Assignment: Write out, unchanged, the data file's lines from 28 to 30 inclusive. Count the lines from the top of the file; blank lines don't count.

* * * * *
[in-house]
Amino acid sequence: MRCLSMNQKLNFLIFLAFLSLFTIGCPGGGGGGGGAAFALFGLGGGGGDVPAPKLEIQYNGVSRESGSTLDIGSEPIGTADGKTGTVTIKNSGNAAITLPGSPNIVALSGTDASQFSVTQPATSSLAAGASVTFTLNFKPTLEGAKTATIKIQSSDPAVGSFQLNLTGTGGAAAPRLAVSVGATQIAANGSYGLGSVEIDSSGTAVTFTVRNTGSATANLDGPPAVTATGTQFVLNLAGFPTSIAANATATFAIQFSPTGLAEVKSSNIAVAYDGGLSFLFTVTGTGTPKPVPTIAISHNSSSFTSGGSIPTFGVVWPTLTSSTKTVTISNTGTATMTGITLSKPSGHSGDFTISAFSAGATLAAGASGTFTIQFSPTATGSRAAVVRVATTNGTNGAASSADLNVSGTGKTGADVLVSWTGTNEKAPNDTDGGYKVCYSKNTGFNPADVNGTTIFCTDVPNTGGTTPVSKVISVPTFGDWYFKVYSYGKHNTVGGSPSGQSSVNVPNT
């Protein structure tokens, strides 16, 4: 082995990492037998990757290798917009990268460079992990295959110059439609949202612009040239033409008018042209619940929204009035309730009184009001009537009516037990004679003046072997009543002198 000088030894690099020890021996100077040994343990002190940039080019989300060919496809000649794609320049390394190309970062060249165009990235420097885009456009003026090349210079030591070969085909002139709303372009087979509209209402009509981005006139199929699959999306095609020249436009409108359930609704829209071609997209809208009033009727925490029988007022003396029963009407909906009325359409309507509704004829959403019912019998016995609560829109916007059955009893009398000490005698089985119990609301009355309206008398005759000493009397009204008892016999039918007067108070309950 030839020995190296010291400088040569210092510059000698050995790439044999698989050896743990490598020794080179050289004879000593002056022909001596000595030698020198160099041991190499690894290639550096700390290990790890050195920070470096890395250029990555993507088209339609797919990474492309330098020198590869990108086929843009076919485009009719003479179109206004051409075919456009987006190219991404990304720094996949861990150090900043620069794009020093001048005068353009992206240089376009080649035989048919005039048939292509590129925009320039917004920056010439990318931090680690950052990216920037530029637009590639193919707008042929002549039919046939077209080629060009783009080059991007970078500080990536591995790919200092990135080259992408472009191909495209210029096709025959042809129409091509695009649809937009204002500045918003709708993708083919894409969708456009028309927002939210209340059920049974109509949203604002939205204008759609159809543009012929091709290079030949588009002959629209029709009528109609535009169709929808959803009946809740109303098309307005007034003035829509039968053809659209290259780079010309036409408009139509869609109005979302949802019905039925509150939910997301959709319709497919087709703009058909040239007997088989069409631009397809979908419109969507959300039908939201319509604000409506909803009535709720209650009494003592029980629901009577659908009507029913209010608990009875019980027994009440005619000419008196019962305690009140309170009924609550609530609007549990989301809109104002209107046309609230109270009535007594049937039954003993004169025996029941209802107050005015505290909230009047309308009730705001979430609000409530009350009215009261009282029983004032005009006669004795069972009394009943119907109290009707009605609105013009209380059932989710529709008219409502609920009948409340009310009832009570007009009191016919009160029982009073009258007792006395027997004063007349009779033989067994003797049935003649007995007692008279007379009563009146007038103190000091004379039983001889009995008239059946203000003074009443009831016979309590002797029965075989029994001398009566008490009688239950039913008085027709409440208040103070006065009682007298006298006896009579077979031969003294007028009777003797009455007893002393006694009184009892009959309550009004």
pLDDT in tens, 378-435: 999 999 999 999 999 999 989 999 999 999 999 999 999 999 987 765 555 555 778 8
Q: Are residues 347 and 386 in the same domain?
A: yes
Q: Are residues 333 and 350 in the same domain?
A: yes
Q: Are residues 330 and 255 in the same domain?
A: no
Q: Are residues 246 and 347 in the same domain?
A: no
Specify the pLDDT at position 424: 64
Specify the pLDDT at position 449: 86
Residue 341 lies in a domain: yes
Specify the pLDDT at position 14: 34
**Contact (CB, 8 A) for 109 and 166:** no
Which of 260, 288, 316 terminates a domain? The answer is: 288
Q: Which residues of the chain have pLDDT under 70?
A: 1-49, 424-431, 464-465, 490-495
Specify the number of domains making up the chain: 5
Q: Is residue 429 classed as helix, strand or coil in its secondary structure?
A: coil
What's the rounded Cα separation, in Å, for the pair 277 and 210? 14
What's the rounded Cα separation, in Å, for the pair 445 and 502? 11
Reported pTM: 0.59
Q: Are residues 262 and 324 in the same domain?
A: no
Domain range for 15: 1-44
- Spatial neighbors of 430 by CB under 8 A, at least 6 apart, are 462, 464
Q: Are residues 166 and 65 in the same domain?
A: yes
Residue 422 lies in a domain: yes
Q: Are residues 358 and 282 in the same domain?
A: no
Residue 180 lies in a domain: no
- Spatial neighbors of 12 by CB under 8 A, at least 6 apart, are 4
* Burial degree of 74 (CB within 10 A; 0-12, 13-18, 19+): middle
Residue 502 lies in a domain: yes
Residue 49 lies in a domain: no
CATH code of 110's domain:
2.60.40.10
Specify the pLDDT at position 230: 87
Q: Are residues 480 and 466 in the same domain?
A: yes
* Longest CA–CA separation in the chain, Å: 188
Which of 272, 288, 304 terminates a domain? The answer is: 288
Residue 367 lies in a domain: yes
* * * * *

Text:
A: no
Domain range for 15: 1-44
- Spatial neighbors of 430 by CB under 8 A, at least 6 apart, are 462, 464